Intuitive "Popup" Scrollbars

Dylan McCall dylanmccall at
Sat Aug 16 05:55:36 UTC 2008

> Maybe scrolling itself could be sacrificed. What if we use the scroll
> wheel like this: when you scroll down, actual scrolling down will
> start, and will increase in speed if you keep turning the wheel. It
> will only slow down, and eventually stop if you scroll up again. The
> same goes for scrolling in the upward direction. Sort of like the
> middle-click scroll behaviour in Windows, only without the clicking,
> and using the scroll wheel instead.
> Middle-click can then continue to be used like it is used now.
> Remco

We should remember that not everybody has or uses a scroll wheel and
that scroll wheels are an RSI nightmare.
That said, I like this thought of yours. It would solve a bit of that
RSI problem, although may not fit well with every wheel out there. Keep
in mind that newer mice are removing the 'clickiness' and instead going
with an approach where the wheel glides very smoothly. Thus, we get a
similar effect happening in two places at once. Not that this is
impossible, but it would need some fiddling˙

Speaking of repetitive strain, some of the comments to that blog post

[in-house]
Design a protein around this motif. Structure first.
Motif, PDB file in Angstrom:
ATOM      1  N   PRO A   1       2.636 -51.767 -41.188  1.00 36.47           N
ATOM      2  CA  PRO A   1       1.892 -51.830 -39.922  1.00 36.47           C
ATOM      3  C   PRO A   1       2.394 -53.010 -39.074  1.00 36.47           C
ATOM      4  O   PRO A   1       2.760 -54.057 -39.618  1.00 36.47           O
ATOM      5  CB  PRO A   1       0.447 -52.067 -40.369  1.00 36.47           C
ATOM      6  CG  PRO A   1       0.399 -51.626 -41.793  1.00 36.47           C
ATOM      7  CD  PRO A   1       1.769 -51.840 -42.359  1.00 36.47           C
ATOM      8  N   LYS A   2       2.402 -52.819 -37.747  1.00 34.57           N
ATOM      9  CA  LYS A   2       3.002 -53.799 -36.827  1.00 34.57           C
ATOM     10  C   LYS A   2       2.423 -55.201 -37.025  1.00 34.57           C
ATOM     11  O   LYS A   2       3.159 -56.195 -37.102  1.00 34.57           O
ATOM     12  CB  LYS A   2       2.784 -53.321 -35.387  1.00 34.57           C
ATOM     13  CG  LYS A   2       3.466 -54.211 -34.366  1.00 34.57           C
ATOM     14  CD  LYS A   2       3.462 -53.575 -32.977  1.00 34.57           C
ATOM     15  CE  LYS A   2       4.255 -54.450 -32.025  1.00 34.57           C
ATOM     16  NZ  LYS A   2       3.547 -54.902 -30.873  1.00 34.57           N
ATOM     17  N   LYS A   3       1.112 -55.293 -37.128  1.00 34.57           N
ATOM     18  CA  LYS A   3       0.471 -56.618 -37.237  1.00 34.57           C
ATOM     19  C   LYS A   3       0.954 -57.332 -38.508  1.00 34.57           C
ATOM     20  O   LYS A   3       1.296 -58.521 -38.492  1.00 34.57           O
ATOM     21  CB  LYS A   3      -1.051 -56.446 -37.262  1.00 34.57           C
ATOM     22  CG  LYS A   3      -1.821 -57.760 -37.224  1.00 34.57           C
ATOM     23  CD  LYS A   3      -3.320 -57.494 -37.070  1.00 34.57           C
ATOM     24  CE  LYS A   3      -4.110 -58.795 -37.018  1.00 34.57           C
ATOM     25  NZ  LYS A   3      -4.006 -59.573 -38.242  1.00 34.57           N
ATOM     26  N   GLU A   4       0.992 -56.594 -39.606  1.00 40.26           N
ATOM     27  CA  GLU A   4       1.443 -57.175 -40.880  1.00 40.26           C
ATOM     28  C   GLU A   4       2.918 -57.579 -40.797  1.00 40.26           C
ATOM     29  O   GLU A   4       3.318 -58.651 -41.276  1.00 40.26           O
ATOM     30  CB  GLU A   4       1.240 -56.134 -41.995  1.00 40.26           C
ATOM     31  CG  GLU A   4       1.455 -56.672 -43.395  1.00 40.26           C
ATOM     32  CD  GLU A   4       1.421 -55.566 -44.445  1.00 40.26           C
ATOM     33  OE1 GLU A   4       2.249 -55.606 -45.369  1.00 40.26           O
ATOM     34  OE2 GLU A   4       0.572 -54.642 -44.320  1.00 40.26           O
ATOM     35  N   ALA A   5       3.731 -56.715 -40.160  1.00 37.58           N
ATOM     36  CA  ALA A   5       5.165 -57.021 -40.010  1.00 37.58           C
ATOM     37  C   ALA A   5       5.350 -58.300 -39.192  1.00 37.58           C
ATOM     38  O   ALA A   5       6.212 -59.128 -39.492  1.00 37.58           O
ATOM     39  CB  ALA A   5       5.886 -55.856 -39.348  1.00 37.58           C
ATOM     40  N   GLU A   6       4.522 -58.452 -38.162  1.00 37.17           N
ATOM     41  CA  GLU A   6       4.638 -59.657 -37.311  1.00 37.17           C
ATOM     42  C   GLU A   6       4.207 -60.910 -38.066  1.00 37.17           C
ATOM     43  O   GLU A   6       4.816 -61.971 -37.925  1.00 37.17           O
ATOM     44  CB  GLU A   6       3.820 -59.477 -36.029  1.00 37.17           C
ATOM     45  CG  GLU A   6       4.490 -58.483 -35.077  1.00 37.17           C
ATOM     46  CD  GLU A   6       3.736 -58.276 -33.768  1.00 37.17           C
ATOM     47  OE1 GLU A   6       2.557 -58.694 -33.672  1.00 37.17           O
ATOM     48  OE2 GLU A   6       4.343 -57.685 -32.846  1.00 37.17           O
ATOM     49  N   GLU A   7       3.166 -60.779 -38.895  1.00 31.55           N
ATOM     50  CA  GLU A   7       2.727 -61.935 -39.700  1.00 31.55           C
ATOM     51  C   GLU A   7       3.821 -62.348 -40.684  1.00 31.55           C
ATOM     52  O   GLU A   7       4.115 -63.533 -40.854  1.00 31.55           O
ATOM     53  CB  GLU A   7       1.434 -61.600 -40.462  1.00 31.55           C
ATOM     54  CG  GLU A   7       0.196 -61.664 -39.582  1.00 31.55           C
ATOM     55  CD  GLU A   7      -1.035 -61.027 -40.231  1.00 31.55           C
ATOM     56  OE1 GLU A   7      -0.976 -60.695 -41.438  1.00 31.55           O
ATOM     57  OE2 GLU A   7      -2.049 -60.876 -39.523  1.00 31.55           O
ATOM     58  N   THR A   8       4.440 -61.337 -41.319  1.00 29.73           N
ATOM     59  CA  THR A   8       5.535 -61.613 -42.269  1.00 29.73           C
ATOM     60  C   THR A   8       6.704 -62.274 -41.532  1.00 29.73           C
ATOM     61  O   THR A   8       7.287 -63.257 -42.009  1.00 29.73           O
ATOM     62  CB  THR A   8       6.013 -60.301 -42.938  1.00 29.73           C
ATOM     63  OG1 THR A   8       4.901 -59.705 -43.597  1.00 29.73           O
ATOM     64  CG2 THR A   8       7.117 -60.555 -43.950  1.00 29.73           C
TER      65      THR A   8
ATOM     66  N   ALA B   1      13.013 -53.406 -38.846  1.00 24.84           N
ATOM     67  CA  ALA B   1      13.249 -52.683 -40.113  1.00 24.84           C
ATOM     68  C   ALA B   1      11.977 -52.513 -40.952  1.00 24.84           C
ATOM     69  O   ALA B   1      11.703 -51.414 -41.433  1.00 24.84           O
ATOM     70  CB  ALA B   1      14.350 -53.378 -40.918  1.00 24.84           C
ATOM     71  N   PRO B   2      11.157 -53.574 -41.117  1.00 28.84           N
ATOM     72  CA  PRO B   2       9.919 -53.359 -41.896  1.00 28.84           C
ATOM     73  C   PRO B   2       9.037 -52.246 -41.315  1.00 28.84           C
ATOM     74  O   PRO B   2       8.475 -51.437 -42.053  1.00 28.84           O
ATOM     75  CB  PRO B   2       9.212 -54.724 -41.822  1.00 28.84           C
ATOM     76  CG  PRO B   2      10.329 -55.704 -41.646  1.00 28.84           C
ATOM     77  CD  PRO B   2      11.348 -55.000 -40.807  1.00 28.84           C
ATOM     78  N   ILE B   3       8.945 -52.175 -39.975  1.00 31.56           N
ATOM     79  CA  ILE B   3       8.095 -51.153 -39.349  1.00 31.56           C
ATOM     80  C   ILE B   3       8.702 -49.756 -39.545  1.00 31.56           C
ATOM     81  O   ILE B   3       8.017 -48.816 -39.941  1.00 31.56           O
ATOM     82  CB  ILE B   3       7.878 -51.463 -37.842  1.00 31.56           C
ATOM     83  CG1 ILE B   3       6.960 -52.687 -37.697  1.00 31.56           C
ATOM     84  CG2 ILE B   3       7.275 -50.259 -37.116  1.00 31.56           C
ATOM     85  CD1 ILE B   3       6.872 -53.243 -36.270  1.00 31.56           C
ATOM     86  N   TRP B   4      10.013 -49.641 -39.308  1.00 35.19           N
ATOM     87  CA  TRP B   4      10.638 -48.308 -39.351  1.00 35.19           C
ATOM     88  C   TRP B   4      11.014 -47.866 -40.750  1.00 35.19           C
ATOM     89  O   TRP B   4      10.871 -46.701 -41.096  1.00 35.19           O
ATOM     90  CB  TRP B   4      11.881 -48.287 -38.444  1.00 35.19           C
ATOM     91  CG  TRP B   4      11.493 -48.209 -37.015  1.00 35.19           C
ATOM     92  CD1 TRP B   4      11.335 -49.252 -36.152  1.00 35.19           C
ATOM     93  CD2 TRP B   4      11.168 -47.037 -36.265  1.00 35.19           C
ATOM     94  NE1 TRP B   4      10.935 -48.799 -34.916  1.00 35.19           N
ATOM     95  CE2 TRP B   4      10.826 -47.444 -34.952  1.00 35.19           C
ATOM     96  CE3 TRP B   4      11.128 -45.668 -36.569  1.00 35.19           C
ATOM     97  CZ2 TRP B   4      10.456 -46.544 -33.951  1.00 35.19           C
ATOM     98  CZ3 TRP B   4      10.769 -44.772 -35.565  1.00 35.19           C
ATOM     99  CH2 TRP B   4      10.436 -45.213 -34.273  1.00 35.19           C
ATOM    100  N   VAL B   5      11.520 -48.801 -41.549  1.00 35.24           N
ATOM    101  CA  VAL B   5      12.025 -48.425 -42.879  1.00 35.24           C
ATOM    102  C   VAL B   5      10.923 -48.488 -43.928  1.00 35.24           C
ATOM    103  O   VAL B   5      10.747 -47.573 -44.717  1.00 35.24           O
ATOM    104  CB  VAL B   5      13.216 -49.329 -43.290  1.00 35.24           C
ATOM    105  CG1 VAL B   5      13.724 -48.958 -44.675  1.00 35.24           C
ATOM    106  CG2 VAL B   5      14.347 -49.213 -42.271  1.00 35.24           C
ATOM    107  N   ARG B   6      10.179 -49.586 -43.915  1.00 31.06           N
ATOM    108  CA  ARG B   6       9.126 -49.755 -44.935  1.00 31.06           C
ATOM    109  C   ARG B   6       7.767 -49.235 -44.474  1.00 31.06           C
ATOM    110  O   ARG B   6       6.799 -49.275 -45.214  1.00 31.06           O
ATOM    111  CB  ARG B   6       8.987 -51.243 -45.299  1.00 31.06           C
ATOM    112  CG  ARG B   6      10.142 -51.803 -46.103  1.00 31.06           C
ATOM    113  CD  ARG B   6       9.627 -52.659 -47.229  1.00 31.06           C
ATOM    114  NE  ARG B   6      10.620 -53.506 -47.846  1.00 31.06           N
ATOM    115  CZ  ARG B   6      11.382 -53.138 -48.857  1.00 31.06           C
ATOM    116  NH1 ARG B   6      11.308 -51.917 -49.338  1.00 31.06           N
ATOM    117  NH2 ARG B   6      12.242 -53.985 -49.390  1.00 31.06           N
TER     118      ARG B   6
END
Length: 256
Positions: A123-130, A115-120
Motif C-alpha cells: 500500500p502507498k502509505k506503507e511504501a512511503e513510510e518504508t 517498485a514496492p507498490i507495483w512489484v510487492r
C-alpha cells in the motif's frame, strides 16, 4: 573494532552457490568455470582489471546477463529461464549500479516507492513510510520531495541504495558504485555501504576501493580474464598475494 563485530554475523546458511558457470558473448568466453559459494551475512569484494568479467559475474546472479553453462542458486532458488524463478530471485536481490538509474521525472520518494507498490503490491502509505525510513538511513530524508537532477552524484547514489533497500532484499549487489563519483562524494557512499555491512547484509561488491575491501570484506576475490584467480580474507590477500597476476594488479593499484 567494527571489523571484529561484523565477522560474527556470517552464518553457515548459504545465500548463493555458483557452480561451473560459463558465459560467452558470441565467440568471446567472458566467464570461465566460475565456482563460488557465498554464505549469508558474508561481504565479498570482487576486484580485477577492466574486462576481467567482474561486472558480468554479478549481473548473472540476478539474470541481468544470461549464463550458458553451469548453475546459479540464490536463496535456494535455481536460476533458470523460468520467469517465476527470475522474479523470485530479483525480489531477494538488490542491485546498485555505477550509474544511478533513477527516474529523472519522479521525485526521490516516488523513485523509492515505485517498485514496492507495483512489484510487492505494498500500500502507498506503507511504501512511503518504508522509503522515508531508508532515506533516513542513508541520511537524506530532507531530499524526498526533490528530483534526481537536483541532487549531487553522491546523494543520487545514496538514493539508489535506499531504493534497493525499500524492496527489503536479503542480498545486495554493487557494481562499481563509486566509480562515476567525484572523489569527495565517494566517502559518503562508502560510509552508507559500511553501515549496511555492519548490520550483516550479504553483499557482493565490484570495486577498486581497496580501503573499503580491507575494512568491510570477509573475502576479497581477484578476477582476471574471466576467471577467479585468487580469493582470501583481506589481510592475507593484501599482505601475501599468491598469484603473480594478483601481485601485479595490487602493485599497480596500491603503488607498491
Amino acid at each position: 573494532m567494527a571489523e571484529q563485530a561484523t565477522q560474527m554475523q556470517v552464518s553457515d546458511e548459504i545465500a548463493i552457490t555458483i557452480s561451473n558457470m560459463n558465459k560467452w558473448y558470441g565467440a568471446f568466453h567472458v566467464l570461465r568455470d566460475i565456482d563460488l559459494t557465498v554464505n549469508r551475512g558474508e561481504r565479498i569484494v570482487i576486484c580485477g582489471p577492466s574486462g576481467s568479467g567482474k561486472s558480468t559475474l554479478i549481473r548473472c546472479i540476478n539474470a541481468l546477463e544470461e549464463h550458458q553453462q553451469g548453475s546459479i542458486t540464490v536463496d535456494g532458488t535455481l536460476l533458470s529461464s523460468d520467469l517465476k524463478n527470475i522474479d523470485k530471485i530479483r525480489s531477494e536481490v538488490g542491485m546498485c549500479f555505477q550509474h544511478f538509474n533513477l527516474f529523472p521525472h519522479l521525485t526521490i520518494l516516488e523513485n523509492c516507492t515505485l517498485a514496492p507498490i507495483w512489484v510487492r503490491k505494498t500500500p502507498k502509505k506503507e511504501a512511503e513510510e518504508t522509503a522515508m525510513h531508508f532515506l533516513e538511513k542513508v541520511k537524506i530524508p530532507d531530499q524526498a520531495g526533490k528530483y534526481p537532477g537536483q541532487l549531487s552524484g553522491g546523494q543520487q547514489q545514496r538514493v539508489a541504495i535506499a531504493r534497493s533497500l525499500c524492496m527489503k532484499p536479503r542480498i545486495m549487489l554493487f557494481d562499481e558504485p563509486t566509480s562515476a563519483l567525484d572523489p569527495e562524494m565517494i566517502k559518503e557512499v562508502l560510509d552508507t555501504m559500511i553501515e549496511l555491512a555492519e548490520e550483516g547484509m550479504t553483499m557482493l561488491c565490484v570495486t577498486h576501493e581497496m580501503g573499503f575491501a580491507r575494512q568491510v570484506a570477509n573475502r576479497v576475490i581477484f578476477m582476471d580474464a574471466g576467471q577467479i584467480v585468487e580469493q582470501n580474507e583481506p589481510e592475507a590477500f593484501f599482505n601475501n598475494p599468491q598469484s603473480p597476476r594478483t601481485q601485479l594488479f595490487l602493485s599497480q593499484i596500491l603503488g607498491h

caused extended sessions of face-palming. There are two groups here I
must single out:

-Those who say touch screens are the future, thus this is irrelevant
-Those who say scroll wheels are all people need, thus scrollbars should
be abolished

As well as what I just said, scroll wheels are also really not that
commonly used amongst general users. I see many people using the scroll
bar, just as only power users really use hotkeys. (Much to our horror
when waiting for some peoples' workflow...).

Touch screens, on the other hand, are begging for a feature like this.
The fact is, our current interfaces have a lot of scrollbars. As anyone
who has encountered HP's TouchSmart PCs will realize, beneath the shiny
finger-friendly interface is the old fashioned mouse and keyboard
interface. Yes, it uses scrollbars and small buttons. Those scrollbars
are literally unusable; the targets at top and bottom are way too small
for fingers. (Looking forward to that size by units patch for GTK!).
This solves the issue by essentially raising the clickable area of the
scrollbar to be the entire thing. While it does conceal that page up /
down functionality, I think it is a worthy sacrifice for streamlining
the rest. Having too many buttons in one place causes problems, hence
the scrollbar's present sad state.

Not that I mind the thought of kinetic scrolling in addition. I think we
are in a neat spot for that, since GTK has always used a scroll area
container. In theory, it could grab unhandled mouse events to do kinetic
scrolling when the user clicks on the child window. (Which, if I recall
correctly, is what Matchbox does for moving windows; it can be done when
the user clicks anywhere within).

Suffice it to say, scrolling is a big thing and it's great that we have
such a flexible UI toolkit. It would be fun to put that flexibility to
the test.

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